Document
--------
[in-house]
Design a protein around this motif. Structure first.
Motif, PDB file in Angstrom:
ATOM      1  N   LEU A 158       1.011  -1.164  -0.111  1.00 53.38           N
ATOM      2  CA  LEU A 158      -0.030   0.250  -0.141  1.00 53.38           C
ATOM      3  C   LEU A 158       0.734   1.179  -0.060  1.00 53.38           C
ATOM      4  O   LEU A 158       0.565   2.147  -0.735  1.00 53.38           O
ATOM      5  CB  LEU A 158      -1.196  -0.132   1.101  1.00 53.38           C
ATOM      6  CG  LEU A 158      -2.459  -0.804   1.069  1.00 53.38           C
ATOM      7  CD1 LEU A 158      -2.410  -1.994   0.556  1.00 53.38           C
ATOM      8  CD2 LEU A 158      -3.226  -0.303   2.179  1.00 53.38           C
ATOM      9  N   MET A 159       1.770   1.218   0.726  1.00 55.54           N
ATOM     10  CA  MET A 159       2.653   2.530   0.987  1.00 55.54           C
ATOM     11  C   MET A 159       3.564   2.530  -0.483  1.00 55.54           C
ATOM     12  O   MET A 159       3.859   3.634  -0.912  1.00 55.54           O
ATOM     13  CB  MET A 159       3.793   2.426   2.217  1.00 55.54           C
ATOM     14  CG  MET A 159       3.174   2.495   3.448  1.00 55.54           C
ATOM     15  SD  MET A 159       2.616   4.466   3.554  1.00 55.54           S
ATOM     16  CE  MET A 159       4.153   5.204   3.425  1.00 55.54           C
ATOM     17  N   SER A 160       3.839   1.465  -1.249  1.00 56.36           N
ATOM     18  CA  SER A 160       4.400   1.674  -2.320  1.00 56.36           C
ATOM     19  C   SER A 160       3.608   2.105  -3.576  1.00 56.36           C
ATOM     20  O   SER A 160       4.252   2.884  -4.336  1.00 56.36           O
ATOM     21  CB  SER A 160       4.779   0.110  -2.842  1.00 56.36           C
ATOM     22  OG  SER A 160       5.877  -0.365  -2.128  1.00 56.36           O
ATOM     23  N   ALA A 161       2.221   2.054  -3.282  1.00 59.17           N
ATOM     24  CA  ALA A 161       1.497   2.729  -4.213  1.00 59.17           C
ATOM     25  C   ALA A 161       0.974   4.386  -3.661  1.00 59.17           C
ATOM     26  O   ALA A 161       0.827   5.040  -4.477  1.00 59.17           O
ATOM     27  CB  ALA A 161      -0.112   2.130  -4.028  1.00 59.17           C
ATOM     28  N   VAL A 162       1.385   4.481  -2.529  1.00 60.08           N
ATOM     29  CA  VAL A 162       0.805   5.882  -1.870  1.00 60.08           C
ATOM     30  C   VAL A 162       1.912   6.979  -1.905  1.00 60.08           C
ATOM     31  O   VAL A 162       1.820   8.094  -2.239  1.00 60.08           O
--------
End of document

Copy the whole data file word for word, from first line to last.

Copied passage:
[in-house]
Design a protein around this motif. Structure first.
Motif, PDB file in Angstrom:
ATOM      1  N   LEU A 158       1.011  -1.164  -0.111  1.00 53.38           N
ATOM      2  CA  LEU A 158      -0.030   0.250  -0.141  1.00 53.38           C
ATOM      3  C   LEU A 158       0.734   1.179  -0.060  1.00 53.38           C
ATOM      4  O   LEU A 158       0.565   2.147  -0.735  1.00 53.38           O
ATOM      5  CB  LEU A 158      -1.196  -0.132   1.101  1.00 53.38           C
ATOM      6  CG  LEU A 158      -2.459  -0.804   1.069  1.00 53.38           C
ATOM      7  CD1 LEU A 158      -2.410  -1.994   0.556  1.00 53.38           C
ATOM      8  CD2 LEU A 158      -3.226  -0.303   2.179  1.00 53.38           C
ATOM      9  N   MET A 159       1.770   1.218   0.726  1.00 55.54           N
ATOM     10  CA  MET A 159       2.653   2.530   0.987  1.00 55.54           C
ATOM     11  C   MET A 159       3.564   2.530  -0.483  1.00 55.54           C
ATOM     12  O   MET A 159       3.859   3.634  -0.912  1.00 55.54           O
ATOM     13  CB  MET A 159       3.793   2.426   2.217  1.00 55.54           C
ATOM     14  CG  MET A 159       3.174   2.495   3.448  1.00 55.54           C
ATOM     15  SD  MET A 159       2.616   4.466   3.554  1.00 55.54           S
ATOM     16  CE  MET A 159       4.153   5.204   3.425  1.00 55.54           C
ATOM     17  N   SER A 160       3.839   1.465  -1.249  1.00 56.36           N
ATOM     18  CA  SER A 160       4.400   1.674  -2.320  1.00 56.36           C
ATOM     19  C   SER A 160       3.608   2.105  -3.576  1.00 56.36           C
ATOM     20  O   SER A 160       4.252   2.884  -4.336  1.00 56.36           O
ATOM     21  CB  SER A 160       4.779   0.110  -2.842  1.00 56.36           C
ATOM     22  OG  SER A 160       5.877  -0.365  -2.128  1.00 56.36           O
ATOM     23  N   ALA A 161       2.221   2.054  -3.282  1.00 59.17           N
ATOM     24  CA  ALA A 161       1.497   2.729  -4.213  1.00 59.17           C
ATOM     25  C   ALA A 161       0.974   4.386  -3.661  1.00 59.17           C
ATOM     26  O   ALA A 161       0.827   5.040  -4.477  1.00 59.17           O
ATOM     27  CB  ALA A 161      -0.112   2.130  -4.028  1.00 59.17           C
ATOM     28  N   VAL A 162       1.385   4.481  -2.529  1.00 60.08           N
ATOM     29  CA  VAL A 162       0.805   5.882  -1.870  1.00 60.08           C
ATOM     30  C   VAL A 162       1.912   6.979  -1.905  1.00 60.08           C
ATOM     31  O   VAL A 162       1.820   8.094  -2.239  1.00 60.08           O